Imagine you’ve spent years perfecting your craft, acquiring new skills, and building a thriving business in your home state. You want to take your expertise on the road, expand your customer base, and share your talent with new communities. But there’s just one problem: you need a new license to practice in every state you visit or move to. Welcome to the world of occupational licensing, where freedom of movement and professional growth are often at odds with bureaucratic red tape.
Occupational licensing, in certain instances, can be a great way to ensure quality standards in a particular field. However, it can also become a hindrance to professionals who wish to relocate or expand their businesses across state lines. This has become a major issue for many licensed professionals, including doctors, nurses, and cosmetologists, who find it difficult to practice their trade in a new state due to different licensing requirements. Fortunately, there is a push for increased occupational licensing mobility, which includes innovative ideas like interstate compacts and universal licensure.
Interstate compacts are agreements between states that allow licensed professionals to practice in multiple states without having to go through the entire licensing process for each state. Currently, there are several interstate compacts in place, including notable ones like the Nurse Licensure Compact and the Physical Therapy Licensure Compact.
Universal licensing refers to a state honoring an occupational license obtained in another state if an individual meets commonsense standards in the new state for which they are seeking a license.
This is beneficial as it will make it more accessible for individuals to pursue jobs in states outside of their current residence. This could create an influx of workers in states with shortages — such as Utah — and by doing so, greatly reduce labor shortages.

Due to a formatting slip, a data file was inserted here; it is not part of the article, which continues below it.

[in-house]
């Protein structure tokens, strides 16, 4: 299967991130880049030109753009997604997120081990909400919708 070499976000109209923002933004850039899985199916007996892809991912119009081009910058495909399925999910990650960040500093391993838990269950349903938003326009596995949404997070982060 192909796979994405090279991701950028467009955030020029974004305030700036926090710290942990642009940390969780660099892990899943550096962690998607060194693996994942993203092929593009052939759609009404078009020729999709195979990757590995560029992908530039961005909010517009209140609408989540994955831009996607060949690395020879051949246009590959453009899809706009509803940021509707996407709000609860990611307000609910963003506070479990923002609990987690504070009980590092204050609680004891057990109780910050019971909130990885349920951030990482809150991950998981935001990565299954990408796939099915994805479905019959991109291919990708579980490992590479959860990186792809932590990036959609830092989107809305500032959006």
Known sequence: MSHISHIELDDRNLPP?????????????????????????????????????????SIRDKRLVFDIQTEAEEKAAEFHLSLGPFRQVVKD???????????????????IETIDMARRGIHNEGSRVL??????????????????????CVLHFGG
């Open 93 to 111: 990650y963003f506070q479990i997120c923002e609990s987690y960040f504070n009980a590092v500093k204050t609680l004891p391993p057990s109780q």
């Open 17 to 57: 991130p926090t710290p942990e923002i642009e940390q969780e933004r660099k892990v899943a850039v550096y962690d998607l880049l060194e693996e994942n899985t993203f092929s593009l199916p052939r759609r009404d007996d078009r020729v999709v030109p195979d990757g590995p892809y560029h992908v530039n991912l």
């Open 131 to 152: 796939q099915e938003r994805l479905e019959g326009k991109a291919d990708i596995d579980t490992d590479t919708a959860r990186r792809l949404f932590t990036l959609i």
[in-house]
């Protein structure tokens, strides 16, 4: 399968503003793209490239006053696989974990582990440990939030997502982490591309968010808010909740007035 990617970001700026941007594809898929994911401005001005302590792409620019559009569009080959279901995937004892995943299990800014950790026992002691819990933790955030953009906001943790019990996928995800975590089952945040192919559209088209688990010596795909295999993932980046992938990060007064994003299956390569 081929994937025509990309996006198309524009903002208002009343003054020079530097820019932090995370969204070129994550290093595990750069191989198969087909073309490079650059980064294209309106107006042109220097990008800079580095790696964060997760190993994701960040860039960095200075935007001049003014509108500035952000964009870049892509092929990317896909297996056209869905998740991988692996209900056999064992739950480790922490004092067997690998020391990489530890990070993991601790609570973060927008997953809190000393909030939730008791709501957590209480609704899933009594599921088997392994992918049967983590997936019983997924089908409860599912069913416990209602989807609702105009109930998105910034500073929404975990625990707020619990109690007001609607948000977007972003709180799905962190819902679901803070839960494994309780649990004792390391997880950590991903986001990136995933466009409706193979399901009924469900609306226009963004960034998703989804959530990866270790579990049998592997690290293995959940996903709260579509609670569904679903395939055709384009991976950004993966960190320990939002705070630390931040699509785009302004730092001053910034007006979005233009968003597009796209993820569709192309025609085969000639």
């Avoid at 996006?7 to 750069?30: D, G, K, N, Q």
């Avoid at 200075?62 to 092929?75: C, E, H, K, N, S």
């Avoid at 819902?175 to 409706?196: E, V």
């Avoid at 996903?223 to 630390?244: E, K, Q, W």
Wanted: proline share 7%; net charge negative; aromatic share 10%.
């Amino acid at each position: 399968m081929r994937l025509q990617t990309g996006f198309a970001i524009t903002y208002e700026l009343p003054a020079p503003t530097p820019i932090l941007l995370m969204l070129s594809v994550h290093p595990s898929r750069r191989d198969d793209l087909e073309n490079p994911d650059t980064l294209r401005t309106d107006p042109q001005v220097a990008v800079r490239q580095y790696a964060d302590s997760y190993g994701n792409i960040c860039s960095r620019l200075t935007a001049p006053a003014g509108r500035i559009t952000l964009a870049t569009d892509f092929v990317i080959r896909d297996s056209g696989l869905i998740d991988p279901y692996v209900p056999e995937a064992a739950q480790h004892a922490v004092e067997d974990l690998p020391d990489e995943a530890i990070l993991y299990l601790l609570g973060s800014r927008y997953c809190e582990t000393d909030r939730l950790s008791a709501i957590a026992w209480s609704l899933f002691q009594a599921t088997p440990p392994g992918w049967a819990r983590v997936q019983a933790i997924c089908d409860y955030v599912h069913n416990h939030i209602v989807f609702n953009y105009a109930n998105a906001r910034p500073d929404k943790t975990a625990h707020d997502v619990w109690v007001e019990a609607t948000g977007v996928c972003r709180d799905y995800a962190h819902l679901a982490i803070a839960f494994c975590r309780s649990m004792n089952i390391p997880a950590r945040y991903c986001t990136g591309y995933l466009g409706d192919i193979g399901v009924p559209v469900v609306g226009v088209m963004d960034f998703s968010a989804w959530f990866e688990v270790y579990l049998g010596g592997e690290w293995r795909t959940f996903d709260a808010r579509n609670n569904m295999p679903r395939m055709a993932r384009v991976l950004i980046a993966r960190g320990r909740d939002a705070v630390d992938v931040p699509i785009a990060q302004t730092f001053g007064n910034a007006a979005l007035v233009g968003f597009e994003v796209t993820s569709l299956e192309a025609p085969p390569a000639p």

Universal licensing recognition can also benefit consumers by reducing the cost of services. When the government demands a worker’s time and money to enter a profession, the cost of doing business rises. Occupational licenses cost both money and time to obtain. Therefore, with each new license someone must obtain, the cost of doing business grows higher. When states recognize licenses from other states, the cost of doing business decreases, thus decreasing the prices of services.
These policy ideas must be fervently supported as the consequences that arise when licensing mobility is lacking are significant.
Licensed professionals who are unable to practice in a new state due to licensing requirements may be forced to take jobs outside of their field or go through the lengthy and expensive process of obtaining a new license. This can limit their career growth and economic opportunities, and ultimately harm the economy as a whole. To contextualize the hurdles of re-licensure, the Institute for Justice has found that “the average license for low- and moderate-income jobs in Utah takes 130 days of education and experience” and carries an average licensing fee of $321.
Additionally, a lack of mobility can also have serious consequences for consumers. For example, if a patient needs a specific medical procedure that is only available from a licensed professional in another state, they may be forced to either travel long distances or forgo the procedure altogether.
Luckily, Utah is at the forefront of overhauling its occupational licensing process to increase worker mobility. Currently, Utah is a member of multiple interstate compacts, and in 2020 Utah moved to recognize out-of-state workers’ licenses and not require these workers to go through the licensure process again when entering Utah. During the state’s most recent legislative session, Utah also passed legislation making it so foreign or out-of-state workers coming to Utah without a license can receive a license provided their education and experience are sufficiently similar to Utah’s licensing requirements. We encourage the continuation of these policies in order to continually promote worker mobility.